While most career advice focuses on how to succeed, we can all learn valuable lessons by dissecting career failure as well. Workplace experts offer insights into some of the top ways workers undermine their own careers and jeopardize their career development.
Not taking your education seriously: If you party too much in college and end up with a run-of-the-mill 2.5 GPA, you'll be passed over for the best entry-level jobs, says New York City-based executive recruiter and coach Brian Drum of Drum Associates. Not finishing your master's degree is another way to hurt your career development goals, adds Anne Angerman, a career coach with Denver-based Career Matters.
Not having a plan: In the current poor job market, you may have defaulted into a career you aren't crazy about. That's okay, as long as you develop career plans to get where you want to be. "Think of every job you take as a stepping-stone to your next job," Drum advises.
Lying: You'll lose professional credibility in a hurry if you lie, from exaggerating on your resume to getting caught fibbing on Facebook. "If someone calls in sick to work and then that evening posts a photo on Facebook of their extra day vacationing in Cabo San Lucas, that's a big problem," says corporate etiquette specialist Diane Gottsman of the Protocol School of Texas in San Antonio.
Sullying your reputation on Facebook or Twitter: Social media can harm your reputation in other ways, too. Personal posts and tweets from work — when you're supposed to be doing your job — can tag you as a slacker. And the content of your posts or tweets can come back to haunt you as well — you never know who might stumble upon those bachelor-party photos. "You need to assume that every boss and potential employer knows how to use Facebook, Twitter and MySpace, and post from the standpoint that everyone is watching even if in reality they're not," Gottsman says.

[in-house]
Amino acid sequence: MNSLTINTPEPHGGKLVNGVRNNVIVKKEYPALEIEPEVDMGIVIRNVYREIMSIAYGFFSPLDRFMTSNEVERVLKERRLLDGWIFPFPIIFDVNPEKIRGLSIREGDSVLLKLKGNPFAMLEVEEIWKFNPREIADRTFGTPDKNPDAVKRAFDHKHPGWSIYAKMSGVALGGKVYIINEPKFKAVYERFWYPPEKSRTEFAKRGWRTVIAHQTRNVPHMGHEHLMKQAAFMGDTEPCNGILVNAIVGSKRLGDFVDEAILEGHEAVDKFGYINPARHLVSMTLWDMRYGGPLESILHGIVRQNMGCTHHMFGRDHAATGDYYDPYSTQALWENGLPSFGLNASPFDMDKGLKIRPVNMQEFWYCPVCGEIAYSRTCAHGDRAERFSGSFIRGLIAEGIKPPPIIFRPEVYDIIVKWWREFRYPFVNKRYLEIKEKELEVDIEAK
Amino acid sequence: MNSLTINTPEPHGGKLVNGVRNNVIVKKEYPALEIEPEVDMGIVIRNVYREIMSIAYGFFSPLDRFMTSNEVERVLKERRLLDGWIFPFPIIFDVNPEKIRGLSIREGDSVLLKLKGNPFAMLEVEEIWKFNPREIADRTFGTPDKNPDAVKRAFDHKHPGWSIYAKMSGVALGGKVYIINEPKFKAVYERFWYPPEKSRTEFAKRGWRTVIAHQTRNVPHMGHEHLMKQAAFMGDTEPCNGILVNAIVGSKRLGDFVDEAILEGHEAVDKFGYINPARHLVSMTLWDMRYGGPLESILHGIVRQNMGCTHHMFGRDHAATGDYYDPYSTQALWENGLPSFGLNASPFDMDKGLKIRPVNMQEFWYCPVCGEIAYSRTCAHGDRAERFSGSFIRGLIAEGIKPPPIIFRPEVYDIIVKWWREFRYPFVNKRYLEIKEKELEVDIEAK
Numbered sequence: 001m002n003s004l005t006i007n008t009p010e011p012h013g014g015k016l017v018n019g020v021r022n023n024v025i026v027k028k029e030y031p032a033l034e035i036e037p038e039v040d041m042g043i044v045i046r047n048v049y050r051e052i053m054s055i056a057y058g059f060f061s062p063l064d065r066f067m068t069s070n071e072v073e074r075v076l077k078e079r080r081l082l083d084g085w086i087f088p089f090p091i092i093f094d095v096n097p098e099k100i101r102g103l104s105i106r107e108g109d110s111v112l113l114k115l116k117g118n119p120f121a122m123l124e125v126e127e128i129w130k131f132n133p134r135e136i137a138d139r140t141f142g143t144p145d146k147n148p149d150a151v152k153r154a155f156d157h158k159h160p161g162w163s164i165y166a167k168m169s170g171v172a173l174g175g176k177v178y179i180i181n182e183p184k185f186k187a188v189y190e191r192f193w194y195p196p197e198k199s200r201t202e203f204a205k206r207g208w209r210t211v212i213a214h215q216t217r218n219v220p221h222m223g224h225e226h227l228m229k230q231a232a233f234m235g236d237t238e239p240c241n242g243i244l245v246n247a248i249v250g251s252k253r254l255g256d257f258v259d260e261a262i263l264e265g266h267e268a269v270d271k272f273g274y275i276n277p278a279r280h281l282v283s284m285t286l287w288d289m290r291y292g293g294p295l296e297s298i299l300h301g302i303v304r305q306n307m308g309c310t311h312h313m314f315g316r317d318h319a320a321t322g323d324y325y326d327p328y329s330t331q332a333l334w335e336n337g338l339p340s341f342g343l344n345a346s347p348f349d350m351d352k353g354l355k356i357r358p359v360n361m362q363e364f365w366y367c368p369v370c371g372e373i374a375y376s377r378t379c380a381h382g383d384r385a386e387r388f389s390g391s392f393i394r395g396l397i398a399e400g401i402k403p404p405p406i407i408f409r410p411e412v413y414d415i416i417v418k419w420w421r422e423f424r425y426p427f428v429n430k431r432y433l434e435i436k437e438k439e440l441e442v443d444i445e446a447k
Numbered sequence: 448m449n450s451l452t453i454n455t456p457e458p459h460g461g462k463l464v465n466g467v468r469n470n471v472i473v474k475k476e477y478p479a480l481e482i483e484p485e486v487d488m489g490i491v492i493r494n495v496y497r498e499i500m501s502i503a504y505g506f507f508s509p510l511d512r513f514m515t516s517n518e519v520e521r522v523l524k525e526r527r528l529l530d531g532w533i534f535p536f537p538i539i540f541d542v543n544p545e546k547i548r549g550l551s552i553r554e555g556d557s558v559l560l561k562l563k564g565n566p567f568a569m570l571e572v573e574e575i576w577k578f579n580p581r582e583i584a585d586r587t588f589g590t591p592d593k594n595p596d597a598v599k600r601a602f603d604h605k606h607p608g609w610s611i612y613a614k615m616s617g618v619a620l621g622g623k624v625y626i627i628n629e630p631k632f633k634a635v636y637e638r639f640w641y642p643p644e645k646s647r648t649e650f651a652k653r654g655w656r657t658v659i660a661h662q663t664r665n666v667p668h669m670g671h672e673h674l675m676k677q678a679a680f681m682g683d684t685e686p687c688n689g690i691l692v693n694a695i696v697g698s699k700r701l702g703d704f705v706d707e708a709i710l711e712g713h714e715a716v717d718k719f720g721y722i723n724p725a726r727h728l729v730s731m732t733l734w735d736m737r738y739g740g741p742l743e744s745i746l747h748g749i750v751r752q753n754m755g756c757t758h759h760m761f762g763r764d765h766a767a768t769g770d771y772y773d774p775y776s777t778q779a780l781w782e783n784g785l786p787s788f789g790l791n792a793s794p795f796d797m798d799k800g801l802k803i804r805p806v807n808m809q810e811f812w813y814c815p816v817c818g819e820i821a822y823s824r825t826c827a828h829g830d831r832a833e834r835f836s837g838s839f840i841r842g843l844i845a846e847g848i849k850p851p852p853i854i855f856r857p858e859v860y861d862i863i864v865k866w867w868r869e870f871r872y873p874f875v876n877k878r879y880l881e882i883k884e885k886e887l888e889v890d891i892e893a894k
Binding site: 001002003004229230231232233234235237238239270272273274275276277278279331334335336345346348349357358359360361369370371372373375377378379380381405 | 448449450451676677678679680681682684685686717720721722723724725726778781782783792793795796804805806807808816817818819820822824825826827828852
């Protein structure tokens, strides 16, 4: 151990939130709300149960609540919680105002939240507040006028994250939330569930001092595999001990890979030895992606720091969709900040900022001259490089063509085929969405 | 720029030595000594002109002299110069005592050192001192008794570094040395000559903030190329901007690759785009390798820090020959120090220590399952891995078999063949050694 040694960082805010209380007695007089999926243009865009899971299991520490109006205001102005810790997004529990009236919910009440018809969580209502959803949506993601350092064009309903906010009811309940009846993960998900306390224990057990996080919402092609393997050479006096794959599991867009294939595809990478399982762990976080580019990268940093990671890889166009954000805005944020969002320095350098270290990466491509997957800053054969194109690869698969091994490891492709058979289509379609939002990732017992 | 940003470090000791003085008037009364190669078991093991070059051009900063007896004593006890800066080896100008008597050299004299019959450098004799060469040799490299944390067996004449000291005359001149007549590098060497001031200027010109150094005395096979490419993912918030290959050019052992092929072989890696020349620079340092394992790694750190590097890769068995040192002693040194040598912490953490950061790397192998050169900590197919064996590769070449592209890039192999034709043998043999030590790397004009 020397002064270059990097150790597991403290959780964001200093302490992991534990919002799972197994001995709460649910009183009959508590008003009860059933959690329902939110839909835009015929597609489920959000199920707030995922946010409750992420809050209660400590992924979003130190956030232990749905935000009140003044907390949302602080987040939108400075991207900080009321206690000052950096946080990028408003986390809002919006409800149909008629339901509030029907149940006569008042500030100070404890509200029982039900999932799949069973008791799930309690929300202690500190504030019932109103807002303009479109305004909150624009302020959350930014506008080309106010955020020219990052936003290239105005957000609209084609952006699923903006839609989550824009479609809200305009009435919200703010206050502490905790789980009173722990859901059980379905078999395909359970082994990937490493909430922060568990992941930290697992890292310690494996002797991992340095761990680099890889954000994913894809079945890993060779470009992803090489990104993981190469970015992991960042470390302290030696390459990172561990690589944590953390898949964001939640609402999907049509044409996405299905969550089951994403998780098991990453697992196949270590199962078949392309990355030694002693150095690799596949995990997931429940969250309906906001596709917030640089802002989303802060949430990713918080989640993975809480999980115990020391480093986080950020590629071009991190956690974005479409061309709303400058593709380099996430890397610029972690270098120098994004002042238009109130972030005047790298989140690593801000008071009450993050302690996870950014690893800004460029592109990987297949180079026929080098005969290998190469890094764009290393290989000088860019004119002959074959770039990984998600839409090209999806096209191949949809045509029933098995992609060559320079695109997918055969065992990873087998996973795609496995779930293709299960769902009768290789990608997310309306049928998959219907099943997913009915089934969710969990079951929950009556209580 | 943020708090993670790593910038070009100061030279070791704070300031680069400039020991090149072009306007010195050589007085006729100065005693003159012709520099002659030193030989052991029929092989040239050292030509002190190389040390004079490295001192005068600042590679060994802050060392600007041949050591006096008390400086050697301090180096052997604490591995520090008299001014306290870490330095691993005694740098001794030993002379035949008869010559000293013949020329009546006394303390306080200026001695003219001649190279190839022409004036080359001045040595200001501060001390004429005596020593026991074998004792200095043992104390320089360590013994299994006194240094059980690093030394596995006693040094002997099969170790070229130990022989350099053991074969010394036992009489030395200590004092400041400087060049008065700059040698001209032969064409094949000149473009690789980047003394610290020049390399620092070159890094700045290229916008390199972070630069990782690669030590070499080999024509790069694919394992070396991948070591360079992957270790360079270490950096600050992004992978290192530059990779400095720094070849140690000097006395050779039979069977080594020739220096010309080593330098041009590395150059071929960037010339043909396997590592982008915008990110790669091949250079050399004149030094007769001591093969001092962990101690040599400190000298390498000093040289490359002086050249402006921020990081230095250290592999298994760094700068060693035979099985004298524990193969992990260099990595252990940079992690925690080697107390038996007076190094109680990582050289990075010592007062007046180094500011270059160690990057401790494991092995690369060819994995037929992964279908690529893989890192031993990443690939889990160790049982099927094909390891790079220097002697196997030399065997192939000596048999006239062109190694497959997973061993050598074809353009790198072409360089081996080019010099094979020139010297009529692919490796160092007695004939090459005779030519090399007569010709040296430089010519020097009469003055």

Not respecting professional boundaries: Sharing TMI about your personal life with colleagues is unprofessional. "Your co-workers don't want to hear about your fights with your husband," Angerman says. On the other hand, if you're ultraprivate and work with a chatty group, join the conversations occasionally so co-workers don't resent you.
Gossiping, slandering, excessively criticizing: If you publicly bash fellow employees, the boss, the board of directors or even your competitors, you'll be perceived as negative at best and a troublemaker at worst. The ramifications can be broad and long term, Gottsman says. "Industries are tight," she says. "You don't want to be the one who started that rumor about the head of your industry." As far as bad-mouthing competitors — what if your company merges with a competitor, or you want to work for one someday?
Carrying on an inappropriate relationship with your boss: A romantic entanglement with a boss can do real damage to your ability to collaborate with peers. "When you get involved in a drama or in something unethical that can be brought out in the open, you're asking for trouble," Gottsman says. Even getting too chummy with a boss can cause jealousy (as well as other potential problems). When it comes to your boss, keeping things professional is always the wiser choice.
Not controlling your alcohol intake or libido: Getting drunk at the office party or on a business trip damages your credibility. Ditto a romantic, ahem, "indiscretion" that your colleagues know about.
Job-hopping just for the money: Job-hopping — in moderation — may not automatically disqualify you from a position. "But it gets to the point — like if you have seven or eight jobs by the time you're 35 — that employers are not going to want to invest in you," Drum says. Also, if you have leadership aspirations, keep in mind that the top dogs of many large corporations have been with those organizations for long periods, he says. Additionally, many companies have "last in, first out" layoff policies, which could leave you out of a job if you never stick around long enough to build tenure anywhere.
Losing touch with references: You'll kick yourself later if you leave a job without collecting personal contact information from colleagues who can serve as professional references for you in the future. "If you were forced to leave a job and you can't ask your boss for a reference, hopefully you've built up some rapport with a colleague and can ask them," Angerman says.
Leaving a job on bad terms: Don't become a lame duck when you've got one foot out the door, Drum says. "The employer only remembers about the last five minutes you were there," he says. Give proper notice and don't leave a mess behind. And by all means, do not make a huge dramatic production of it when you quit, complete with cursing, slandering and throwing things, Gottsman advises. "It's very difficult to get another job when you've left destruction in your wake," she says.
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